The Glorious Church


One thing that has often crossed my mind when thinking about Eldership is the extent to which the Elders must be "in one mind and one accord".  Of course, in an ideal world, we would "all speak the same thing" and there would not be much difference in what we believe.  However, if you have three or four well-studied, "seasoned" men, from potentially different backgrounds, they will rarely see eye to eye on everything.  And this is good because this diversity is an important aspect of what makes Eldership work.  You do not want one well-studied, confident Elder and have the others be passive "yes men".  You want honesty and sincerity all around.

Now, I know that the ideal case is for an "apostle" type person to appoint these Elders, but I have seen a few groups who do not practice Eldership nevertheless have a few men that stand out as potential Elders.  In one case (and I am trying to broach the subject of Eldership with them), these men of are varied backgrounds (grew up in different congregations, countries, and cultures).  How much must they have in common in doctrine and personality implement Eldership?

Obviously, Elders must agree on the Oneness of God and the plan of salvation.  But consider the other subjects:

  • End times prophecy (dispensationalist, amellenialists, preterism, pre/mid/post trib/mil)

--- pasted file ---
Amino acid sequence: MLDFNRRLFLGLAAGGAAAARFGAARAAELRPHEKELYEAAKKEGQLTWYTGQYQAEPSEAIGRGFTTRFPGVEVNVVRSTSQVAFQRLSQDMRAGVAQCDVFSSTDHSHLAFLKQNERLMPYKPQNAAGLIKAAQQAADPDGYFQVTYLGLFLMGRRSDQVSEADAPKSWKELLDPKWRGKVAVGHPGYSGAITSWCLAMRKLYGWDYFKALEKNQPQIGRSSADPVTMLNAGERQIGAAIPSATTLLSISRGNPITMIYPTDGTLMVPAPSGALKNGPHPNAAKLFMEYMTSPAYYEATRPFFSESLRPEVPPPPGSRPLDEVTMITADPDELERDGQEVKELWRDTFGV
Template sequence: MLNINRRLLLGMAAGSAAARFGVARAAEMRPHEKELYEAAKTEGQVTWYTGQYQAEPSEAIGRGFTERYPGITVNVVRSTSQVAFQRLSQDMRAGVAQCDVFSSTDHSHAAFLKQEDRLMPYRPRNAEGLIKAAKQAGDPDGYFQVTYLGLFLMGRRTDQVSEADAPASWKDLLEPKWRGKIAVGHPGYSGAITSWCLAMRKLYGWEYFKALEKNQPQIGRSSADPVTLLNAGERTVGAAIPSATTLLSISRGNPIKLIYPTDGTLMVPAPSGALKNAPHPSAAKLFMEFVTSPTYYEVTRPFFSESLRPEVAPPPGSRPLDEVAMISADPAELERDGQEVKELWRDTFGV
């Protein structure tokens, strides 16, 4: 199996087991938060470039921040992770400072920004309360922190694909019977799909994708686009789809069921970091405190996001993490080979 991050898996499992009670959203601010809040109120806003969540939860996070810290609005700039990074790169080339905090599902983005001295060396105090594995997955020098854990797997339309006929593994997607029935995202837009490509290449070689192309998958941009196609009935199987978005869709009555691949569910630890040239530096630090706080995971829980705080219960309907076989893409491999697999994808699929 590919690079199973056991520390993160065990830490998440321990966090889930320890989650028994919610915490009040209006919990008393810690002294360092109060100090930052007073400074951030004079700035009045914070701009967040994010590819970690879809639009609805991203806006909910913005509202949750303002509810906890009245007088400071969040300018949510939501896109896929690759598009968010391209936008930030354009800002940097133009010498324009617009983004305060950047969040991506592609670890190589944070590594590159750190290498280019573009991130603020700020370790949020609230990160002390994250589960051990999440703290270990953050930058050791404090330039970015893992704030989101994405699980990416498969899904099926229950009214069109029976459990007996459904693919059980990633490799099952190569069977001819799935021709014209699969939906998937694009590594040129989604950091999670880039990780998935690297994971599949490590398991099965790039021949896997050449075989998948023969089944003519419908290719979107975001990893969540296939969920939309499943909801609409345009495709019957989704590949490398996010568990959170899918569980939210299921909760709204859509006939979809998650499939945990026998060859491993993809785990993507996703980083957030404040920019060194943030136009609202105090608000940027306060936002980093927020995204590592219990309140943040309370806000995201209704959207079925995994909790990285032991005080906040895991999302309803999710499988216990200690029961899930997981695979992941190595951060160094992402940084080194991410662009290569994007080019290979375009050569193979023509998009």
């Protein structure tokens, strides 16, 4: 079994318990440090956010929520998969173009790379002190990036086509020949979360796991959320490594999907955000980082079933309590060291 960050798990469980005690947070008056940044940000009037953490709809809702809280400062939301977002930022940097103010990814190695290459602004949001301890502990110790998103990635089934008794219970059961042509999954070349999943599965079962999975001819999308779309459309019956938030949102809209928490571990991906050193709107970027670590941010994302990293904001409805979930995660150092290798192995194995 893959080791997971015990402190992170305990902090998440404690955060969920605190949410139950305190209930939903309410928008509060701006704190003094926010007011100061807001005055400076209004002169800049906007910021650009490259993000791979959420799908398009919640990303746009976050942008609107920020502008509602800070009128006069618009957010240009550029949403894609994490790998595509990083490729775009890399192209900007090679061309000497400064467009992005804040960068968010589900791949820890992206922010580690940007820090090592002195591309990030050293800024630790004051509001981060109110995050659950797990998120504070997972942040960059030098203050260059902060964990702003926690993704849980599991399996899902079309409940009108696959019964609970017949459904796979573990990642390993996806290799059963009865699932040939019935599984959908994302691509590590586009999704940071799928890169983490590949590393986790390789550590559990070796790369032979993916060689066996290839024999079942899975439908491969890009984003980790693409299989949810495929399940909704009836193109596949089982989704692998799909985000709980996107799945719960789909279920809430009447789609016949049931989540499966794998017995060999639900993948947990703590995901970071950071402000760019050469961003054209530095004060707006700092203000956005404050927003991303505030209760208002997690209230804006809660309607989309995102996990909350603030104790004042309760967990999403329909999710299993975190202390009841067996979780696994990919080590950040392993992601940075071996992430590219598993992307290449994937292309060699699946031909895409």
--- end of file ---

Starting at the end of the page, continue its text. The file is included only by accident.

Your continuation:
• The priesthood of all believers (no different "classes" of clergy and laity)
  • Original Sin/Sinful Nature (is man born guilty, is he born with a sinful nature)
  • Predestination (do we have a free will to chose God, is everything that happens on earth somehow in the will of God, is it possible to backslide and be lost)
  • The Lord's Supper (is sin forgiven there, wine vs grape juice, how often)
  • The role of women in the family, church, and society (egalitarianism, women teachers/preachers, women politicians)
  • Is there a baptismal formula (do you have to say certain words when administering baptism)
  • The eternality of the soul (do souls get burned up in hell and go away, or is hell eternal)
  • Tongues the Initial Evidence (can you receive the Holy Spirit without speaking in tongues)
  • Creation/Evolution (young earth, gap theory, pre-Adamic earth, theistic evolution)
  • "Holiness standards" (pants, covering/hair, makeup, jewelry, shorts, etc)
  • and many, many more.